I don't think that series accurately reflects how things have moved here, and doesn't really have predictive value.
However, if I had to pick somewhere on that though I'd say denial/fear. There have been practically no repossessions yet, and people are still convinced that they'll be able to keep the property that they can't afford. They were protected by a technicality until now. The Freemen have their magic incantations. The "where's my NAMA" brigade have Pat Kenny to help them blame the banks. There is as yet no general acceptance that people will have to give back what they can't afford.
At the same time, there's some who have jumped straight to "hope" that it's all over and "normal" market bouyancy is returning. I'd argue that they're actually in denial though.
I'd argue that when people bought these houses during the boom, their society told them something, even promised them something, so that they would buy. - Essentially, that they were doing the financially responsible, grown-up thing, that they could not lose, that they were partaking in the great Irish dream, so to speak. Politically, everything that has happened since the market collapsed, has been done to try and repair that broken promise.
The 'moral right' that our political, financial, institutional and media establishment feels it has, in its efforts to make good on that promise has been barely shaken. With the courage of their convictions, they will continue to try and drive property prices upwwards, drawing on every device available to them. They will do everything i their power to avoid anything happening that will make the suckers they need to sell to today and tomorrow doubt further the great Irish property dream that is the basis of their insidious proposition.
In that context, I choose 'hope' - hope that the political establishment will find a way to re-deliver on the promise that if you buy a house, if you play your small part in the rentier capitalism that forms the very foundation of this state - if you give your tacit consent to allowing a paradigm where some parts of our society are allowed to garner significant amount of profit without worthwhile contribution to our society - in return you are promised a small section of that pie eventually. This forms the fundamental social contract in our country.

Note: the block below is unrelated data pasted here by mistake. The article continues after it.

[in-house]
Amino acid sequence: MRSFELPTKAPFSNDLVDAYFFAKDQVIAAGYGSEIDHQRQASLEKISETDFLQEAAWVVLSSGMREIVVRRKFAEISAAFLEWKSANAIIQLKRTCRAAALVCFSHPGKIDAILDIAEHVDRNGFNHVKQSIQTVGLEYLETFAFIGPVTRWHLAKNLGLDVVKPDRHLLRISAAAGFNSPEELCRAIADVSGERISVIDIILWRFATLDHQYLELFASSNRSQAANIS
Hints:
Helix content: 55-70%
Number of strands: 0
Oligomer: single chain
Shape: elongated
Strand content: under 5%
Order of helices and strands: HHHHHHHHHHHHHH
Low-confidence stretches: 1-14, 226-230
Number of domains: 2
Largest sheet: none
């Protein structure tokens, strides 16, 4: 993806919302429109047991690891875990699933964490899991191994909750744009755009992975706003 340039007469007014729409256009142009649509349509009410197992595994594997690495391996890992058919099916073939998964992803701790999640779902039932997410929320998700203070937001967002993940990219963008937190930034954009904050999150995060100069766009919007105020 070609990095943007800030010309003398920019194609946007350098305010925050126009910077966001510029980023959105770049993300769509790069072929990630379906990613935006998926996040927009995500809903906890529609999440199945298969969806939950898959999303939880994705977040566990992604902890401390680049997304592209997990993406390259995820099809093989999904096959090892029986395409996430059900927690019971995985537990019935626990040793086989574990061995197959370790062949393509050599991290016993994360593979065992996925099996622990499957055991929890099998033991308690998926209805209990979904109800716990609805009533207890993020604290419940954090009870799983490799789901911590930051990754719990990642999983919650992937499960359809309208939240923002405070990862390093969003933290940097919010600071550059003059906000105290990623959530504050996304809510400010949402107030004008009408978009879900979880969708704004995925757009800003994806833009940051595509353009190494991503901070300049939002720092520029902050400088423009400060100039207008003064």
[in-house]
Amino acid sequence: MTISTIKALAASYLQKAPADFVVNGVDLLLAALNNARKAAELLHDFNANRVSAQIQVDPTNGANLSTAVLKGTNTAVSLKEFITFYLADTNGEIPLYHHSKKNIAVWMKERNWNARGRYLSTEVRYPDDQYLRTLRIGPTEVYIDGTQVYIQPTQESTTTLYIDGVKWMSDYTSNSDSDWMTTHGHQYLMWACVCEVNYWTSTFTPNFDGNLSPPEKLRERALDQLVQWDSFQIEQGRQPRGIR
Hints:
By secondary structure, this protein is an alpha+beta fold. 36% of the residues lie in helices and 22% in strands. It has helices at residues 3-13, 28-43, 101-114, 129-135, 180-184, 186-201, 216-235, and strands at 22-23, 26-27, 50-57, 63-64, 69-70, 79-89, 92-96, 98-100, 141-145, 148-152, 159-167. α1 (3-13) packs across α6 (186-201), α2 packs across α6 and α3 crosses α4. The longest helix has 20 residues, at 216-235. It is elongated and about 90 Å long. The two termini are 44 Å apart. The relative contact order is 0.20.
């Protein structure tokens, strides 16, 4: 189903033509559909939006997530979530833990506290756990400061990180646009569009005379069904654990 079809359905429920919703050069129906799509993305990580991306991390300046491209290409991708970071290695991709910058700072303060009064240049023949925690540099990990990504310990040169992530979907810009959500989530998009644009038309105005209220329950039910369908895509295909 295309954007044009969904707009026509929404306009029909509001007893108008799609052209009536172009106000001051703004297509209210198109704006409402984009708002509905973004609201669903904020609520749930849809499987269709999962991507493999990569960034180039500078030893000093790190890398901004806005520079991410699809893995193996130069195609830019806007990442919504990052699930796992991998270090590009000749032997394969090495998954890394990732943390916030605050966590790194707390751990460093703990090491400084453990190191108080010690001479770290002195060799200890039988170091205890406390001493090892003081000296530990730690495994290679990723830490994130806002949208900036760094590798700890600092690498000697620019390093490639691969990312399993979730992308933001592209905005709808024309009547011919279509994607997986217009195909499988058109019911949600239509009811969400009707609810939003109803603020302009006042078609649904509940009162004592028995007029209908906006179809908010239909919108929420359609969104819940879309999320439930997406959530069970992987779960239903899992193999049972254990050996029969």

I see out there 'hope' that they will have their pie again, through a combination of property prices 'recovering' eventually to near 2007 values, together with debt forbearance and/or forgiveness arrangements (eg. likely to be a 'split' mortgage, where you pay a mortgage based on today's market value, and you pay the rest of your mortgage at such time as your house value has recovered to a level above the value of the 'full' mortgage... This is the understanding I see out there - people know that they will not be made pay the 'parked' part of their mortgage unless there has been a full 'recovery' and even then, sure they might get away with not paying it, after enoough time has passed.)
There is 'hope' that the Irish mentality around property will prevail, unchallenged, again. - That politics in league with industry will succeed in a strategy of driving prices higher. That hope is becoming stronger and stronger.
Although in my view, that chart is a load of bollox in the context of the Irish psyche, and in the context of the reality that market cycle plays second fiddle to political-industrial process in this country. There is only 'hope' in the political-industrial process as it pertains to the Irish property market, and what we are talking about is the character of that hope - whether it is characterised
by fear, or confidence, or denial, or optimism etc. That characterisation is more a function of the politics rather than the market.
I'd say the 'hope' in the political-industrial process is becoming stronger and more 'optimistic'. The political-industrial process is clearly over the worst, and is prevailing in every kind of manner.
EDIT Link: Insight into the evolution of the real estate business in Ireland...